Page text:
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The television series, “The Chosen,” has been getting a lot of press, pro and con. Is it something Christians should watch?

Hi, I’m Rex Rogers and this is episode #142 of Discerning What Is Best, a podcast applying unchanging biblical principles in a rapidly changing world, and a Christian worldview to current issues and everyday life.

“The Chosen” is a multi-season television drama, presenting the life of Jesus Christ and his disciples, with imaginative character backstories and interpersonal conflicts. Released in 2019, with a pilot episode on the birth of Christ released in 2017, and scheduled for seven seasons, the production company is releasing Season 4 of “The Chosen” in April 2024.

Earlier seasons of “The Chosen” may be watched free online. DVDs of each season are also available for purchase. Angel Studios is the distributor.

People have begun asking me what I think of this biblical television drama, but I am late to the party, only recently taking time to watch available episodes from the first three seasons and drawing my own conclusions. This is the first of three podcasts on “The Chosen.”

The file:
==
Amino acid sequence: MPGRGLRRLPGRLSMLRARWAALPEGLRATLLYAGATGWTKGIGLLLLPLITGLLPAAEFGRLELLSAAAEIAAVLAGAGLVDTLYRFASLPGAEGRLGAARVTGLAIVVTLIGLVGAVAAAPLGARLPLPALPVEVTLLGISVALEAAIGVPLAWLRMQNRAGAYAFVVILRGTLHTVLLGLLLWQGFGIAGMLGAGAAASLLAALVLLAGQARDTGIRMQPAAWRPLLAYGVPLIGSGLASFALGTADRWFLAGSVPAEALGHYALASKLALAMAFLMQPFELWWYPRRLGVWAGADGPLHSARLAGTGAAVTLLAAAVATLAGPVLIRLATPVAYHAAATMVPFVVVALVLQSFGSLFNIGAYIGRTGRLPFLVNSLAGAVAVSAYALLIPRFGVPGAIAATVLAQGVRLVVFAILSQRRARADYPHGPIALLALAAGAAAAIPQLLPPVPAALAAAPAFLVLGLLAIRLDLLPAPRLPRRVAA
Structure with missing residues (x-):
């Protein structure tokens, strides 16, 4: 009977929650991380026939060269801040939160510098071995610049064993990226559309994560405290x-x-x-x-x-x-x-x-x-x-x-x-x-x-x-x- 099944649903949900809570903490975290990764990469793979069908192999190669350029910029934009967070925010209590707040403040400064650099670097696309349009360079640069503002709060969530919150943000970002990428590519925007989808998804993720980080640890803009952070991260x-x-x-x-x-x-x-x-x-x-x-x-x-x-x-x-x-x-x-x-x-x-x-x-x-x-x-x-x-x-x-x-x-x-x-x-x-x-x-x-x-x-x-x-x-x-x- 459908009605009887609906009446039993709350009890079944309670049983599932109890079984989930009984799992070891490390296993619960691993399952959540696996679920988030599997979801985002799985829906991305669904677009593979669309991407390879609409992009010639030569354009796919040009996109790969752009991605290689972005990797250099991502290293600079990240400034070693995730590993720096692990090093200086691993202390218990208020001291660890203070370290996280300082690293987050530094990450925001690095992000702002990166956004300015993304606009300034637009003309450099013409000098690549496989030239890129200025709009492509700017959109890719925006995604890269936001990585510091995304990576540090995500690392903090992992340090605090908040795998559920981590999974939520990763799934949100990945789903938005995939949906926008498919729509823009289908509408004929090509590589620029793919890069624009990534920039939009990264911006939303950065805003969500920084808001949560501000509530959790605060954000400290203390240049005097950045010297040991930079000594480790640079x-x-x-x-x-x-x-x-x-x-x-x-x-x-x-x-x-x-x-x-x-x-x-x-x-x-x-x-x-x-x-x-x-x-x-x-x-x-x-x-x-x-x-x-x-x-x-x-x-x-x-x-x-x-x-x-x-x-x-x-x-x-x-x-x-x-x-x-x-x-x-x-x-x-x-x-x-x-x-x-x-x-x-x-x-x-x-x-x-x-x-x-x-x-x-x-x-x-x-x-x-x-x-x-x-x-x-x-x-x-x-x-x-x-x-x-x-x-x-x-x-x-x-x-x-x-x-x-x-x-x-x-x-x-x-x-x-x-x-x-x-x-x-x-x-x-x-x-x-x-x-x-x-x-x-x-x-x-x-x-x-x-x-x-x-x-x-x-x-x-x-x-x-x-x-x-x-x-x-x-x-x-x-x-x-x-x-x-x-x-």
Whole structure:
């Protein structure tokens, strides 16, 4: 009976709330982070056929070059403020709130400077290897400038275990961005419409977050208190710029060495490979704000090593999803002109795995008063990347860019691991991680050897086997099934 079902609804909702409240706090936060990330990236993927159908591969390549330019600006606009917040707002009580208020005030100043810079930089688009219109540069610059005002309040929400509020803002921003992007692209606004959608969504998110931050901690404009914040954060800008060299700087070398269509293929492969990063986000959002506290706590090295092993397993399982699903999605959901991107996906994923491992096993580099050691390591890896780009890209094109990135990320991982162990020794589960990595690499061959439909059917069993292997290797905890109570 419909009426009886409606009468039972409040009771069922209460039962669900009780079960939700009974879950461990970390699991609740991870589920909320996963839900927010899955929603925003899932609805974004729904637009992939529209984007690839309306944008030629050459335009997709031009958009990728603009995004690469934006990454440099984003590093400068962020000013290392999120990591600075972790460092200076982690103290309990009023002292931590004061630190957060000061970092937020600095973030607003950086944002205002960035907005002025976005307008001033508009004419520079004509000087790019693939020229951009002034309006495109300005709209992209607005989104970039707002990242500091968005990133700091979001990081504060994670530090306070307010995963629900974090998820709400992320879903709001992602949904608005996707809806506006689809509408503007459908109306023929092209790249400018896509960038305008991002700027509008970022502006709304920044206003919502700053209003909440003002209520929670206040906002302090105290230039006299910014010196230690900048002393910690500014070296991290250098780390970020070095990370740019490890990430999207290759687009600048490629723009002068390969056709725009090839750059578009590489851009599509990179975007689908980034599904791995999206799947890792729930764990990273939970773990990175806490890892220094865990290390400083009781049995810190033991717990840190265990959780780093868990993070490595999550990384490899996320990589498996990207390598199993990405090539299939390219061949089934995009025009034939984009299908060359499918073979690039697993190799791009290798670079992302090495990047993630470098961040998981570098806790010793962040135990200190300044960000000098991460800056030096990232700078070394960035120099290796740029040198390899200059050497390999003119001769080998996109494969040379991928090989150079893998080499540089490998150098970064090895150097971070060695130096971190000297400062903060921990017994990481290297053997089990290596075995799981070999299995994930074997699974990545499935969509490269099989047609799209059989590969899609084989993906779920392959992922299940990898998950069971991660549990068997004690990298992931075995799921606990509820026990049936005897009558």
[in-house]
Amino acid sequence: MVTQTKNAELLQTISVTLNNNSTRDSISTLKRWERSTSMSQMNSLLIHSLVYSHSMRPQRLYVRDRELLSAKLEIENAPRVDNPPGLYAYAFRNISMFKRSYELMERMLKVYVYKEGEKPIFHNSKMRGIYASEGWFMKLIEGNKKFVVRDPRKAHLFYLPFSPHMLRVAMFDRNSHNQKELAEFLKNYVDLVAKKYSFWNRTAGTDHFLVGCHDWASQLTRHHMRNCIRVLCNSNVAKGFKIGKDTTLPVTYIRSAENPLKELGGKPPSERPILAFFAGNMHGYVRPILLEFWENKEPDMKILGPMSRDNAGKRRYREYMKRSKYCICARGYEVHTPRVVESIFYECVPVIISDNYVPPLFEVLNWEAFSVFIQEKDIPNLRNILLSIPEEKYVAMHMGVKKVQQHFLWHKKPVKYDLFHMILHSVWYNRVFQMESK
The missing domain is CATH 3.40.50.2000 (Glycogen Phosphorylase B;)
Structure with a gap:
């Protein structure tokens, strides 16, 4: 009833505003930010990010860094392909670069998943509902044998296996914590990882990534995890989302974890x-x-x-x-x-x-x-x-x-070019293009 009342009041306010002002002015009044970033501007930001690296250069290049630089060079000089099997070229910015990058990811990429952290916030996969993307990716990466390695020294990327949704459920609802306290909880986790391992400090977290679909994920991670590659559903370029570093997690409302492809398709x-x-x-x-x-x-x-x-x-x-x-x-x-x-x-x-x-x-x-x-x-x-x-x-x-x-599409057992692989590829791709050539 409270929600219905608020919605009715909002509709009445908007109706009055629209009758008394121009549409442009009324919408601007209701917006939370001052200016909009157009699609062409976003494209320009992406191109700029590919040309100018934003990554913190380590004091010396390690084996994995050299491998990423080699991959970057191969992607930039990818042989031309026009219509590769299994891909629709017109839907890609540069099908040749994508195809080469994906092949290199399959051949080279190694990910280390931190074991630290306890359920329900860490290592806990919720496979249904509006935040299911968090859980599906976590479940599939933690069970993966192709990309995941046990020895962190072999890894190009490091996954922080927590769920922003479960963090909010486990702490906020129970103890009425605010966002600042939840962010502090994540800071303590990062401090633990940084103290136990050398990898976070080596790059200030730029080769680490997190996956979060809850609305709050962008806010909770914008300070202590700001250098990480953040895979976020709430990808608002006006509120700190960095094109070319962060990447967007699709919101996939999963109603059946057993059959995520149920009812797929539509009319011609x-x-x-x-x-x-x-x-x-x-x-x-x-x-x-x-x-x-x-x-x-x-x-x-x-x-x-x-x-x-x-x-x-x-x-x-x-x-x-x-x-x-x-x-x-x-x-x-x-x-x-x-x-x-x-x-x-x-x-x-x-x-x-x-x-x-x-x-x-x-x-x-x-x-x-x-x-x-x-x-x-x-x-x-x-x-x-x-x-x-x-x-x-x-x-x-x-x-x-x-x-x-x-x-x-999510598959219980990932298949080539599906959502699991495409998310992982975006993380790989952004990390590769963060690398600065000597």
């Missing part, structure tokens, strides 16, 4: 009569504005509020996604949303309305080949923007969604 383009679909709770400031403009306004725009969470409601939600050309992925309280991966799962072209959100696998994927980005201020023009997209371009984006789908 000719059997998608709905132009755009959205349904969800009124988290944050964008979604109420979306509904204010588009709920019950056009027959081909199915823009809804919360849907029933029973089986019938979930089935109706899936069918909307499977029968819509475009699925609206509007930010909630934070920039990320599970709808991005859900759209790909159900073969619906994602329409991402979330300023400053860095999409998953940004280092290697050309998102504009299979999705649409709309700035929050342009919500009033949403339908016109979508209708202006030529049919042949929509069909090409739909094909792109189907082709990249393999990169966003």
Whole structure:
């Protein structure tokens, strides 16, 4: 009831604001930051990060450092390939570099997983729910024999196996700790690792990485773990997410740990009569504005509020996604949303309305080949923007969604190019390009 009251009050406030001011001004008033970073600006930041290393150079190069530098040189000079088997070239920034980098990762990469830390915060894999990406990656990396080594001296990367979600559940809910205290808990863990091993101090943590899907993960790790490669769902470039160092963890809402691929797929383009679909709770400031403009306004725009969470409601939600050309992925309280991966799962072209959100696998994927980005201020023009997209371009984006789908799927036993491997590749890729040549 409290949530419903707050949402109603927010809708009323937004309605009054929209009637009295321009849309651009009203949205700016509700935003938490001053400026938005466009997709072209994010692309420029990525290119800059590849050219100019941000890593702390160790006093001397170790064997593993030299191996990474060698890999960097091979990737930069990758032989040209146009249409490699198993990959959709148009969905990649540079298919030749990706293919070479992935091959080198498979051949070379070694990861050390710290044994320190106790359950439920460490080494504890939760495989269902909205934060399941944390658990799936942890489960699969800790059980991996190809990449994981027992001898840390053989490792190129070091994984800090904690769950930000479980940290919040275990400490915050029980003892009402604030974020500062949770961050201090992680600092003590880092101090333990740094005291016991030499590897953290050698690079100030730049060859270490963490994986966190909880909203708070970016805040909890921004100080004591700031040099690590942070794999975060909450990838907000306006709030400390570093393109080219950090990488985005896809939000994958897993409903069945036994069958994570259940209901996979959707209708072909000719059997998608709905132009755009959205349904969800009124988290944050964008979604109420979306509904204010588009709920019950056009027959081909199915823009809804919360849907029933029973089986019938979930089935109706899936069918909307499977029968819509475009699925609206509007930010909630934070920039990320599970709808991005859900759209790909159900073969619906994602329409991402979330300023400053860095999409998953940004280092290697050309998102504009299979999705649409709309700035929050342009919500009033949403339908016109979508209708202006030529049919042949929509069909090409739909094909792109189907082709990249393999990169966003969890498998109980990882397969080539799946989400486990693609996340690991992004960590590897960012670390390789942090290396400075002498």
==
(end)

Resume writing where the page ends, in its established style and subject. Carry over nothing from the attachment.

The show’s creator, Dallas Jenkins (son of Left Behind co-author Jerry Jenkins), put together a panel of expert consultants to ensure biblical and historical accuracy in the script he was co-writing for the show. On the panel were a Messianic Jewish rabbi, a Catholic priest, and an evangelical professor of biblical studies.

Of course, creative and artistic license is evident and herein lies the rub underlying several of the criticisms and controversies we’ll note later.